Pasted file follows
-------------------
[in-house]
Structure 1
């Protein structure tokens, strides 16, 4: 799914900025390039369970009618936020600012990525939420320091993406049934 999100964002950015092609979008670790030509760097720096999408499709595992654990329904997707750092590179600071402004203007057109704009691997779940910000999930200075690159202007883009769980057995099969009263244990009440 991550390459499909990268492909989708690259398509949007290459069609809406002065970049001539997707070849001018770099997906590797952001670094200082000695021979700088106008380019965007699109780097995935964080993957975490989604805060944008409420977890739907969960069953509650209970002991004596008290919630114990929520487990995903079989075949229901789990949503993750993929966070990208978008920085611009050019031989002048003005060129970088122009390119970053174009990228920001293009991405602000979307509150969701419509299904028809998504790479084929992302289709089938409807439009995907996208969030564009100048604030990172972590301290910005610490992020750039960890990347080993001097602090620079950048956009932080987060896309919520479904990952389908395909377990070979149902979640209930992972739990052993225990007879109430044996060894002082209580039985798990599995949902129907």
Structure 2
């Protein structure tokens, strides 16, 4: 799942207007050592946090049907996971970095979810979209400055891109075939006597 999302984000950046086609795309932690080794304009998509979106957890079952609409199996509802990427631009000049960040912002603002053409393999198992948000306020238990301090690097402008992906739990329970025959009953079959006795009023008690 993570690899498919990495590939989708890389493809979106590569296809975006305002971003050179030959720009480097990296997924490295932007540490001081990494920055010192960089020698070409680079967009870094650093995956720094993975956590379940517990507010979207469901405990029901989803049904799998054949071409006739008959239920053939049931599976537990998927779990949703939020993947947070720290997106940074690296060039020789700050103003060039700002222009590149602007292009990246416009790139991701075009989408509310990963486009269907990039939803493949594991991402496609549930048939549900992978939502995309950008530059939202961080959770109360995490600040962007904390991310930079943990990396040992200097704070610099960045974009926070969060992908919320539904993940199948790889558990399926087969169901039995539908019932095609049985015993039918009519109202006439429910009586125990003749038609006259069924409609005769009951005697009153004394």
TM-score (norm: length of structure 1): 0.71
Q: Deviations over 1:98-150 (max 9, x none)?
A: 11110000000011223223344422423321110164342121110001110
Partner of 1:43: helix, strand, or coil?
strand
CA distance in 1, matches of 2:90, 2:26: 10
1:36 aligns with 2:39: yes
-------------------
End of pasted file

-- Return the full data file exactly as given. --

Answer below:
[in-house]
Structure 1
């Protein structure tokens, strides 16, 4: 799914900025390039369970009618936020600012990525939420320091993406049934 999100964002950015092609979008670790030509760097720096999408499709595992654990329904997707750092590179600071402004203007057109704009691997779940910000999930200075690159202007883009769980057995099969009263244990009440 991550390459499909990268492909989708690259398509949007290459069609809406002065970049001539997707070849001018770099997906590797952001670094200082000695021979700088106008380019965007699109780097995935964080993957975490989604805060944008409420977890739907969960069953509650209970002991004596008290919630114990929520487990995903079989075949229901789990949503993750993929966070990208978008920085611009050019031989002048003005060129970088122009390119970053174009990228920001293009991405602000979307509150969701419509299904028809998504790479084929992302289709089938409807439009995907996208969030564009100048604030990172972590301290910005610490992020750039960890990347080993001097602090620079950048956009932080987060896309919520479904990952389908395909377990070979149902979640209930992972739990052993225990007879109430044996060894002082209580039985798990599995949902129907």
Structure 2
């Protein structure tokens, strides 16, 4: 799942207007050592946090049907996971970095979810979209400055891109075939006597 999302984000950046086609795309932690080794304009998509979106957890079952609409199996509802990427631009000049960040912002603002053409393999198992948000306020238990301090690097402008992906739990329970025959009953079959006795009023008690 993570690899498919990495590939989708890389493809979106590569296809975006305002971003050179030959720009480097990296997924490295932007540490001081990494920055010192960089020698070409680079967009870094650093995956720094993975956590379940517990507010979207469901405990029901989803049904799998054949071409006739008959239920053939049931599976537990998927779990949703939020993947947070720290997106940074690296060039020789700050103003060039700002222009590149602007292009990246416009790139991701075009989408509310990963486009269907990039939803493949594991991402496609549930048939549900992978939502995309950008530059939202961080959770109360995490600040962007904390991310930079943990990396040992200097704070610099960045974009926070969060992908919320539904993940199948790889558990399926087969169901039995539908019932095609049985015993039918009519109202006439429910009586125990003749038609006259069924409609005769009951005697009153004394």
TM-score (norm: length of structure 1): 0.71
Q: Deviations over 1:98-150 (max 9, x none)?
A: 11110000000011223223344422423321110164342121110001110
Partner of 1:43: helix, strand, or coil?
strand
CA distance in 1, matches of 2:90, 2:26: 10
1:36 aligns with 2:39: yes